Re: [Rd] R datasets ownership(copyright) and license

From: Spencer Graves <spencer.graves_at_structuremonitoring.com>
Date: Tue, 03 Apr 2012 18:58:05 -0700

On 4/3/2012 3:55 PM, Hadley Wickham wrote:
> On Tue, Apr 3, 2012 at 5:46 PM, Yaroslav Halchenko<yarikoptic@gmail.com> wrote:

>> ;-)  Let's check where factual ends and fictional/personal/etc starts
>> and how easy to tell.
>>
>> Are survey data asking for answers to specifically crafted original
>> questions (i.e. not just age/race/etc) factual? e.g.
>>
>> \title{The Chatterjee--Price Attitude Data}
>> \description{
>>   From a survey of the clerical employees of a large financial
>>   organization, the data are aggregated from the questionnaires of the
>>   approximately 35 employees for each of 30 (randomly selected)
>>   departments.  The numbers give the percent proportion of favourable
>>   responses to seven questions in each department.}
>> \usage{attitude}

> I don't see how their could be any confusion here - it is a fact
> whether or not someone made a favourable response to a question. I
> agree that there might be murky areas, but I don't think this is one.

ABUSE OF POWER IN COPYRIGHT LAW        Lessig (2004) Free Culture "documents how (US) copyright power has expanded substantially since 1974 in five critical dimensions:

[Quote from Wikipedia, "Free Culture (book)"; "http://en.wikipedia.org/wiki/Free_Culture_(book) <http://en.wikipedia.org/wiki/Free_Culture_%28book%29>"]

       As noted earlier, the major media conglomerates have successfully used the ambiguities they got written into copyright law to block potential competitors and stifle creativity through the credible threats of lawsuits.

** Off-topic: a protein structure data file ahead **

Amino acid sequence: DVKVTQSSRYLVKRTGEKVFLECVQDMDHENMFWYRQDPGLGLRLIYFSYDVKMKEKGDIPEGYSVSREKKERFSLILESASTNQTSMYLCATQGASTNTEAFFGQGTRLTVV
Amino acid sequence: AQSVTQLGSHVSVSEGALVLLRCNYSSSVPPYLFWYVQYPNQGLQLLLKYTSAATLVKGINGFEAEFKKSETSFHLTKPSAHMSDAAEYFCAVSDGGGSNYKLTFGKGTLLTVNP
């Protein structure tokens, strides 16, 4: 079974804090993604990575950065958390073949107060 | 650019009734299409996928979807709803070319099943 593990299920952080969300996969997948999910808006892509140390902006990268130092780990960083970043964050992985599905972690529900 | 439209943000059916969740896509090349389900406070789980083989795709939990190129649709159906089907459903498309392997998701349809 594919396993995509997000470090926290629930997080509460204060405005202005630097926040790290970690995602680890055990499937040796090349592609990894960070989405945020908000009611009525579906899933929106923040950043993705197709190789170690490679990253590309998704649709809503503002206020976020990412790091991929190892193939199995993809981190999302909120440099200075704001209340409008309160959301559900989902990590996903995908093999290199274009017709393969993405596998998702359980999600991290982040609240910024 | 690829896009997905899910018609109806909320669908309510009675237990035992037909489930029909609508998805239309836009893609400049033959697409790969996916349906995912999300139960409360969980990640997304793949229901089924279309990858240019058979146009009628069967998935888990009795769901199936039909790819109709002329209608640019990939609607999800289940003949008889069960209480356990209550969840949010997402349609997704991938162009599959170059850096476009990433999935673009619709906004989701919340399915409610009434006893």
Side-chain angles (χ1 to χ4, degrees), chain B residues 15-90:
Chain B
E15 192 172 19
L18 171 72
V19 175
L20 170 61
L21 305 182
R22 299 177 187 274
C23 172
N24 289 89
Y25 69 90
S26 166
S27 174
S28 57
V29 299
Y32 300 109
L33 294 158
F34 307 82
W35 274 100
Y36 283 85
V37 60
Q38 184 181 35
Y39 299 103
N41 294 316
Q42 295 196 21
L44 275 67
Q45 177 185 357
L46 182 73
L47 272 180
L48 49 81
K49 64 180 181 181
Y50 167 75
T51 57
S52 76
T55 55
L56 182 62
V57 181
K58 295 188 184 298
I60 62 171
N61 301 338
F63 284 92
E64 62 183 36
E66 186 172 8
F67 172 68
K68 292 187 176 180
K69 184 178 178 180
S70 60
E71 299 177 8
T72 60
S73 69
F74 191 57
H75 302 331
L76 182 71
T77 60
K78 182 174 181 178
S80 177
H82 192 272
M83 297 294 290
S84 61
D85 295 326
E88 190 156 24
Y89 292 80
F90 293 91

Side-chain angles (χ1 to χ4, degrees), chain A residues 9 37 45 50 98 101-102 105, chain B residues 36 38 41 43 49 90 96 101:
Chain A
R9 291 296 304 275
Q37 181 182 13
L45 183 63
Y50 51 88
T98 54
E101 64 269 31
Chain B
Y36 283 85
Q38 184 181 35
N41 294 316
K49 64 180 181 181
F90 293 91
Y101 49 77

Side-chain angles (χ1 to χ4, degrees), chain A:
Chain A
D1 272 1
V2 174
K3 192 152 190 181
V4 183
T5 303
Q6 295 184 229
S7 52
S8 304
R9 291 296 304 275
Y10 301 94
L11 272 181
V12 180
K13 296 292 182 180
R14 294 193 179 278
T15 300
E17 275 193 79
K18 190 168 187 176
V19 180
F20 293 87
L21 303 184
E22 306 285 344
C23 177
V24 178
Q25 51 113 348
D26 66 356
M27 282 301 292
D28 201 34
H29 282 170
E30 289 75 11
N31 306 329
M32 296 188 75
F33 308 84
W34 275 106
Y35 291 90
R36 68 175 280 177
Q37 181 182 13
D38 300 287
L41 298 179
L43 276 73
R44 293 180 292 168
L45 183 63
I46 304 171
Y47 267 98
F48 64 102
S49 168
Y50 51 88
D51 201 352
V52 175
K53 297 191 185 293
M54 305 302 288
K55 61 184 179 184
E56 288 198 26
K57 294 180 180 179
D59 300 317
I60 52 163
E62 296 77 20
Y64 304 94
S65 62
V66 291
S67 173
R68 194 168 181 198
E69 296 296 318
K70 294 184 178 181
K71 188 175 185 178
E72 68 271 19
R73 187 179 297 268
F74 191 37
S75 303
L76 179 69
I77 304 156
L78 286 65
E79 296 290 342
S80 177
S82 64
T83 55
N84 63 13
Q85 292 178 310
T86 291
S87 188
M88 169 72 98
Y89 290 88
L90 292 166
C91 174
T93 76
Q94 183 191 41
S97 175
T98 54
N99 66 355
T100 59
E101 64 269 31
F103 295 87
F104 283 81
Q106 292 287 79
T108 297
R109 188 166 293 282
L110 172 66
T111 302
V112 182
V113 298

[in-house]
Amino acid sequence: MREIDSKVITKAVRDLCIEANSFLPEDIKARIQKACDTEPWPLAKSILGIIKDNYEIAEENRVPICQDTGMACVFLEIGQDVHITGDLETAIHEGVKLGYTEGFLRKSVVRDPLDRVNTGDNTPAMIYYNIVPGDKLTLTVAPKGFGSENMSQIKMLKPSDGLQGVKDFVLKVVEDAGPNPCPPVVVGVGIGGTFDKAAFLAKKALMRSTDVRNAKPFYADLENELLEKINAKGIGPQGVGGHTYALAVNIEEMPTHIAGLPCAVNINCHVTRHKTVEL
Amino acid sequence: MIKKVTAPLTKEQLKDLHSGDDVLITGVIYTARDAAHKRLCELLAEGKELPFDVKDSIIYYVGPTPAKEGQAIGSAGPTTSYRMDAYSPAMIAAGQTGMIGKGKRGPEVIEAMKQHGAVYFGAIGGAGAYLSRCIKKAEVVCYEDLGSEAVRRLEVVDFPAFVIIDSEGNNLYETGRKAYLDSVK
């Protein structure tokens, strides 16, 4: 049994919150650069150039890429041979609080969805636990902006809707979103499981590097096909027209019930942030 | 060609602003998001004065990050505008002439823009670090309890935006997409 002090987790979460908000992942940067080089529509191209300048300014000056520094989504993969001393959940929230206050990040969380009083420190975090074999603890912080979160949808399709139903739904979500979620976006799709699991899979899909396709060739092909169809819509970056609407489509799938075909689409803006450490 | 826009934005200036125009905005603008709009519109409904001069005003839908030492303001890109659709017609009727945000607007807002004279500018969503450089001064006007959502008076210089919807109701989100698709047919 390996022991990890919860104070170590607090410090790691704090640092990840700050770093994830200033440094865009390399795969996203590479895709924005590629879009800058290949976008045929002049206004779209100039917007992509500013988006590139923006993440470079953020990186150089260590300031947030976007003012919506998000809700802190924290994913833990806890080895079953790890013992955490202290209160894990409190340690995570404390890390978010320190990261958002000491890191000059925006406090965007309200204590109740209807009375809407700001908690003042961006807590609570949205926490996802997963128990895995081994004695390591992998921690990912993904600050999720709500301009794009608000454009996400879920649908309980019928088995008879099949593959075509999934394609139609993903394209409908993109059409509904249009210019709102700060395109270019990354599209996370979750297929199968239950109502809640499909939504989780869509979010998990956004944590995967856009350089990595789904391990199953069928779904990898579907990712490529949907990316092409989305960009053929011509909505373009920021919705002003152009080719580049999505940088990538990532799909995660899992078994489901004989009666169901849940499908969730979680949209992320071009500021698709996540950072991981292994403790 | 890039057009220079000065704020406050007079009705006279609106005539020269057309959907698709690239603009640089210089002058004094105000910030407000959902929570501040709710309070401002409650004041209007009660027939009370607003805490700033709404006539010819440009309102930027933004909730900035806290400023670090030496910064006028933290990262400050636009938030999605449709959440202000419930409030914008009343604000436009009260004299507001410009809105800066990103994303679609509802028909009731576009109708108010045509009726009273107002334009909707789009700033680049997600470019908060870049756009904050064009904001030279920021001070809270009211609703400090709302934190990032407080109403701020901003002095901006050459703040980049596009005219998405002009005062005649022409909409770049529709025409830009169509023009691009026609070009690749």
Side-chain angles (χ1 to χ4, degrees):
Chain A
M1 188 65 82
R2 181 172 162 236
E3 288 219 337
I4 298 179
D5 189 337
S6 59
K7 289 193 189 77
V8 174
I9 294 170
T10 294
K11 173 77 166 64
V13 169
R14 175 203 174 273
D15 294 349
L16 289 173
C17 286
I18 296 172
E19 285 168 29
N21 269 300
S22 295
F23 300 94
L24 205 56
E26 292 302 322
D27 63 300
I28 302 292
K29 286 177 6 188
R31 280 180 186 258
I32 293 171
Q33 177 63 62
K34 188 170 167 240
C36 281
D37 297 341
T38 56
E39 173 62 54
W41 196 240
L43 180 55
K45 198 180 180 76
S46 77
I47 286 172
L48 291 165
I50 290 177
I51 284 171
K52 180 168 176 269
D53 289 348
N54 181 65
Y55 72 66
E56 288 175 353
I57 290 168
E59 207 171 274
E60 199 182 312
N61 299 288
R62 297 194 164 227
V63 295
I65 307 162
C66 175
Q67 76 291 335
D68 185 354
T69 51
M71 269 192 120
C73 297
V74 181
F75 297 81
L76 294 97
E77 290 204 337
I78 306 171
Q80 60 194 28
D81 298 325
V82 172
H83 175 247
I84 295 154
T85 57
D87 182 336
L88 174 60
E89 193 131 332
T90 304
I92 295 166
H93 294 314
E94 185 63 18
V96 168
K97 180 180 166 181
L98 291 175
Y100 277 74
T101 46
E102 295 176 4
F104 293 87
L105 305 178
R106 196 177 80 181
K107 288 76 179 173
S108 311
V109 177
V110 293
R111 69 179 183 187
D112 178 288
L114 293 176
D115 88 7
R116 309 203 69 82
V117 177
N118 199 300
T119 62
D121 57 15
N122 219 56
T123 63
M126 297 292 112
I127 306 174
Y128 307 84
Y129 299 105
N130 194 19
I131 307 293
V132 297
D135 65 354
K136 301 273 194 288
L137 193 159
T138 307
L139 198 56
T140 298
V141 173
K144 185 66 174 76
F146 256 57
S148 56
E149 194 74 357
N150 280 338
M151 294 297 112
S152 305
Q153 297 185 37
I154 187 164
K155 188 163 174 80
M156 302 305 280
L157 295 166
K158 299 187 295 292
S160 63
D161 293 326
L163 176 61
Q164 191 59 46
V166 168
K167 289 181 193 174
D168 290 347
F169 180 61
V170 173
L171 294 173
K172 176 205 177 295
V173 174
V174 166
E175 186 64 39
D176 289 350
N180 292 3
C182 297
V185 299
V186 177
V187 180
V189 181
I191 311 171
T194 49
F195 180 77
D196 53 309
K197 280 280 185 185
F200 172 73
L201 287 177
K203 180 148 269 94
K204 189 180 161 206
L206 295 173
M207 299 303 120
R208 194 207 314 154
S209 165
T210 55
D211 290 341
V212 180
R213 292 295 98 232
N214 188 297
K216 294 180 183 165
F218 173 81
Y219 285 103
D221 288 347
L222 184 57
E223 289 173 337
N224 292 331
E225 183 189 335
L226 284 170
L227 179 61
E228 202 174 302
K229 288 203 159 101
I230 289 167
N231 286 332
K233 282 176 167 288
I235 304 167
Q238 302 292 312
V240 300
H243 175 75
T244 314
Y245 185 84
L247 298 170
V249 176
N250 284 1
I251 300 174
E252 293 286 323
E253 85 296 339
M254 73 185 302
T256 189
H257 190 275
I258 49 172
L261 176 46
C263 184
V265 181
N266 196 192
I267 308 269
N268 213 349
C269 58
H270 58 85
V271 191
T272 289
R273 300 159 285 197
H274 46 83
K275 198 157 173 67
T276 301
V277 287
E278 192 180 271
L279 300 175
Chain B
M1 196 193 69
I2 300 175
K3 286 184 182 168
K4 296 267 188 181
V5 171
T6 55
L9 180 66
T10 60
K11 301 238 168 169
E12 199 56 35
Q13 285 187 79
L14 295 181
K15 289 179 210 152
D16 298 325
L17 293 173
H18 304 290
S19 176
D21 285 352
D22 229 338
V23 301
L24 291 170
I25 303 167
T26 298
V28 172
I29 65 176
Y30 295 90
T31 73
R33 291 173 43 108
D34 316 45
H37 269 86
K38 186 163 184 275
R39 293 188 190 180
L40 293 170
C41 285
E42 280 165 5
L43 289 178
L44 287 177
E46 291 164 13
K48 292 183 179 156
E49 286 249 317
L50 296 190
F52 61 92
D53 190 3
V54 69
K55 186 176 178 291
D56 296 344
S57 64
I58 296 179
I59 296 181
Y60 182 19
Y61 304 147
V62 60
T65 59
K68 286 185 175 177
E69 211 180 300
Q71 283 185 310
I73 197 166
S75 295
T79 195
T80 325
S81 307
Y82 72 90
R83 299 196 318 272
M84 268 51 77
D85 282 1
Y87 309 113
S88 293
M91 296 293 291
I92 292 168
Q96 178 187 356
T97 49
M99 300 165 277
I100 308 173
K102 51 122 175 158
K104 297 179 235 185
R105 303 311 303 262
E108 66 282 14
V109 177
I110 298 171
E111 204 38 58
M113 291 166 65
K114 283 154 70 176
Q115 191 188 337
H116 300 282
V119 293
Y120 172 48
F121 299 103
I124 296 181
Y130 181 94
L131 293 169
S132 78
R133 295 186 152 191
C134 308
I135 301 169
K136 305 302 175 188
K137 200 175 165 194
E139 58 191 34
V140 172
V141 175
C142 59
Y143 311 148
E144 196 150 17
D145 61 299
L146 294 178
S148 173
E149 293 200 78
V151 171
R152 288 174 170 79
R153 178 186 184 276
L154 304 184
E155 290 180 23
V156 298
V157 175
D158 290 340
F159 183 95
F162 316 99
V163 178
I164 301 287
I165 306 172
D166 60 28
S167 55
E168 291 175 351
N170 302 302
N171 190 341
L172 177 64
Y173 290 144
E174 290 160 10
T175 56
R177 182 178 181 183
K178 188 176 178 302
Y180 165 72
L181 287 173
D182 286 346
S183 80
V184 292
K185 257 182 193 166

LIMITS ON ABUSE OF POWER IN COPYRIGHT LAW        One copyright claim the industry lost (as noted in "Free Culture") was an attempt to collect royalties from Girl Scouts for songs sung around campfires. They didn't lose that case in a courtroom -- the law still allows them to sue in such cases: They lost in the court of public opinion.

       For data sets in R, I think we need to look at the copyrights claimed in the package: If the copyright says, e.g., GNU GPL, we should not worry about it much. And I agree with Hadley that we should not worry much about the datasets published in R packages.

       I'm not an attorney, but I've been told many times that you can copyright expression but not ideas -- and certainly not facts. Thus, you can copyright the format of a table of physical constants but not the constants themselves nor the relationship described by the organization of that table.

       However, the major media industry has demonstrated a capacity to sue when they feel their hegemony on public opinion is threatened. Our primary defense is the defense of Gandhi: Refusing to remain silent -- e.g., people making salt in defiance of law saying they couldn't or (more recently) Girl Scouts signing in public and refusing to pay royalties.

       Best Wishes,
       Spencer

p.s. The industry got the above extensions to copyright law by piously claiming they were needed " To promote the Progress of Science and useful Arts, by securing for limited Times to Authors and Inventors the exclusive Right to their respective Writings and Discoveries", as it says in Article I, Section 8, Clause 8 of the US Constitution (http://en.wikipedia.org/wiki/Copyright_law_of_the_United_States). The claims of the industry as it pertains to academic research journals is completely bogus, because I have never received a dime for any of the technical papers I've written, even though I've been required to assign copyrights to some company, whose sole function in the age of the Internet is to prevent people from reading my work without paying the copyright holder: This is an obstacle to "the progress of science and the useful arts."
>

> Hadley

>
-- 
Spencer Graves, PE, PhD
President and Chief Technology Officer
Structure Inspection and Monitoring, Inc.
751 Emerson Ct.
San Josť, CA 95126
ph:  408-655-4567
web:  www.structuremonitoring.com

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